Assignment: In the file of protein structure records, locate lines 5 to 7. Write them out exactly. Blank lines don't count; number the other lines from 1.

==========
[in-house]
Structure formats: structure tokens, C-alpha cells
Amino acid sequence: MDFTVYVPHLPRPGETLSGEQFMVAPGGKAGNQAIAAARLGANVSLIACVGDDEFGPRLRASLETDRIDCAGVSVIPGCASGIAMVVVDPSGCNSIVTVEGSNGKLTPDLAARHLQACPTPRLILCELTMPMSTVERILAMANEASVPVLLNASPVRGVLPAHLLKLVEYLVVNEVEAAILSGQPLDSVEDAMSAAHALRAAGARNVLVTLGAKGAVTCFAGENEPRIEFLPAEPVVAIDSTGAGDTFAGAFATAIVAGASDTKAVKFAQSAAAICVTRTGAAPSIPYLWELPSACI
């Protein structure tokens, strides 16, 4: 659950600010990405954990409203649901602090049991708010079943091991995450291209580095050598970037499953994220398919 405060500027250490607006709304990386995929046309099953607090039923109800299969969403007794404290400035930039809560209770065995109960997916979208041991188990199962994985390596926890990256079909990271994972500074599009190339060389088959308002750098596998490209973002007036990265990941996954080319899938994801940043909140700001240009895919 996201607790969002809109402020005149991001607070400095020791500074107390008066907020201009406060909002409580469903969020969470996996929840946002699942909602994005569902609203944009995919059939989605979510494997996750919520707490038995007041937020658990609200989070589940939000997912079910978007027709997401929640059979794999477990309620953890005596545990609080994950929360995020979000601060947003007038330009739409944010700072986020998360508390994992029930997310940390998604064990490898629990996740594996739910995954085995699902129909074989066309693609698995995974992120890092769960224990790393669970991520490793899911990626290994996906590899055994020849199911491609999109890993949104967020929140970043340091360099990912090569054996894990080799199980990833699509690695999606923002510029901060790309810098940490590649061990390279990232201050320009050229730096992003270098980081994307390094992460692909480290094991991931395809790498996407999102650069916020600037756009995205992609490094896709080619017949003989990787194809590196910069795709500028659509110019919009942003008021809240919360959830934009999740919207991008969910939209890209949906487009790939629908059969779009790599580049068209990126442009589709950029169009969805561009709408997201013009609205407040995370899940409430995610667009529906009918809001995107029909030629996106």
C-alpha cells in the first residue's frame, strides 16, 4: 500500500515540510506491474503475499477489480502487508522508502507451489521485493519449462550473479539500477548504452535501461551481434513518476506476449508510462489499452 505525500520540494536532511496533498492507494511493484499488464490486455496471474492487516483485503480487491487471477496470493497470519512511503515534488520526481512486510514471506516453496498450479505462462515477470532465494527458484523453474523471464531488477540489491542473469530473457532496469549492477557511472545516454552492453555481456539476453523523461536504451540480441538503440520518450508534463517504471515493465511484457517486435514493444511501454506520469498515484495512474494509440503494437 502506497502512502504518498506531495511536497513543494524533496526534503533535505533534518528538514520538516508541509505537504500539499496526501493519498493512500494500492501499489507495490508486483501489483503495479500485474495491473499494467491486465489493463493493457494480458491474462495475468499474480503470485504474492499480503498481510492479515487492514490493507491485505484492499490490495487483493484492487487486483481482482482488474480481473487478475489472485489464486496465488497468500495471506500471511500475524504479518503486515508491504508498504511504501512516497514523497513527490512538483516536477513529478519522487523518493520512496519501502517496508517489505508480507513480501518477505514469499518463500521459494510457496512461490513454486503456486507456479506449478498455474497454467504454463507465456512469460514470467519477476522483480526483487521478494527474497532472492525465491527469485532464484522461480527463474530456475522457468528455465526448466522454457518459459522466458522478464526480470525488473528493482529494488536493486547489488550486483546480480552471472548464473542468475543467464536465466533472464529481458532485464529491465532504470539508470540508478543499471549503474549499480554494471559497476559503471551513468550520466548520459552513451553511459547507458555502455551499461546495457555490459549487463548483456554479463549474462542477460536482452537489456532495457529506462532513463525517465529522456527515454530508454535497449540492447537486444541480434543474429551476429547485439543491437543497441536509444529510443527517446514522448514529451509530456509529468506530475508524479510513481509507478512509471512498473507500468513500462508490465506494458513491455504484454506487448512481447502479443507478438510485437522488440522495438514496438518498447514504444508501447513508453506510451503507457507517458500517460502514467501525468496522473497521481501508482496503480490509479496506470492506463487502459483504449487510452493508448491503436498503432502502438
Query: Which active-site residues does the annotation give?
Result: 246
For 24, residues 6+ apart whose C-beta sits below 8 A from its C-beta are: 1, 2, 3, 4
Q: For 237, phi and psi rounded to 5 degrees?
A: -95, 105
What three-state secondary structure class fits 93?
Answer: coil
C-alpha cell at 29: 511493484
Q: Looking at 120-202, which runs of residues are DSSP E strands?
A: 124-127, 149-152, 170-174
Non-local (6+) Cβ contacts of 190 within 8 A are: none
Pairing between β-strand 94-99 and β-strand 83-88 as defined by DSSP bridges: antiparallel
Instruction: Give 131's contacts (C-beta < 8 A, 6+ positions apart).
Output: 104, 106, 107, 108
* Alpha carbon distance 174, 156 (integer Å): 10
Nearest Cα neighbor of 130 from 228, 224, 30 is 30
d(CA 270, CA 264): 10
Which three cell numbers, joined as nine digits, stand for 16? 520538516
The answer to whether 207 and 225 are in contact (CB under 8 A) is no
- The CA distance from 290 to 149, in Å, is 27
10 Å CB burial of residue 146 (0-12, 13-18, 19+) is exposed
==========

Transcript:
C-alpha cells in the first residue's frame, strides 16, 4: 500500500515540510506491474503475499477489480502487508522508502507451489521485493519449462550473479539500477548504452535501461551481434513518476506476449508510462489499452 505525500520540494536532511496533498492507494511493484499488464490486455496471474492487516483485503480487491487471477496470493497470519512511503515534488520526481512486510514471506516453496498450479505462462515477470532465494527458484523453474523471464531488477540489491542473469530473457532496469549492477557511472545516454552492453555481456539476453523523461536504451540480441538503440520518450508534463517504471515493465511484457517486435514493444511501454506520469498515484495512474494509440503494437 502506497502512502504518498506531495511536497513543494524533496526534503533535505533534518528538514520538516508541509505537504500539499496526501493519498493512500494500492501499489507495490508486483501489483503495479500485474495491473499494467491486465489493463493493457494480458491474462495475468499474480503470485504474492499480503498481510492479515487492514490493507491485505484492499490490495487483493484492487487486483481482482482488474480481473487478475489472485489464486496465488497468500495471506500471511500475524504479518503486515508491504508498504511504501512516497514523497513527490512538483516536477513529478519522487523518493520512496519501502517496508517489505508480507513480501518477505514469499518463500521459494510457496512461490513454486503456486507456479506449478498455474497454467504454463507465456512469460514470467519477476522483480526483487521478494527474497532472492525465491527469485532464484522461480527463474530456475522457468528455465526448466522454457518459459522466458522478464526480470525488473528493482529494488536493486547489488550486483546480480552471472548464473542468475543467464536465466533472464529481458532485464529491465532504470539508470540508478543499471549503474549499480554494471559497476559503471551513468550520466548520459552513451553511459547507458555502455551499461546495457555490459549487463548483456554479463549474462542477460536482452537489456532495457529506462532513463525517465529522456527515454530508454535497449540492447537486444541480434543474429551476429547485439543491437543497441536509444529510443527517446514522448514529451509530456509529468506530475508524479510513481509507478512509471512498473507500468513500462508490465506494458513491455504484454506487448512481447502479443507478438510485437522488440522495438514496438518498447514504444508501447513508453506510451503507457507517458500517460502514467501525468496522473497521481501508482496503480490509479496506470492506463487502459483504449487510452493508448491503436498503432502502438
Query: Which active-site residues does the annotation give?
Result: 246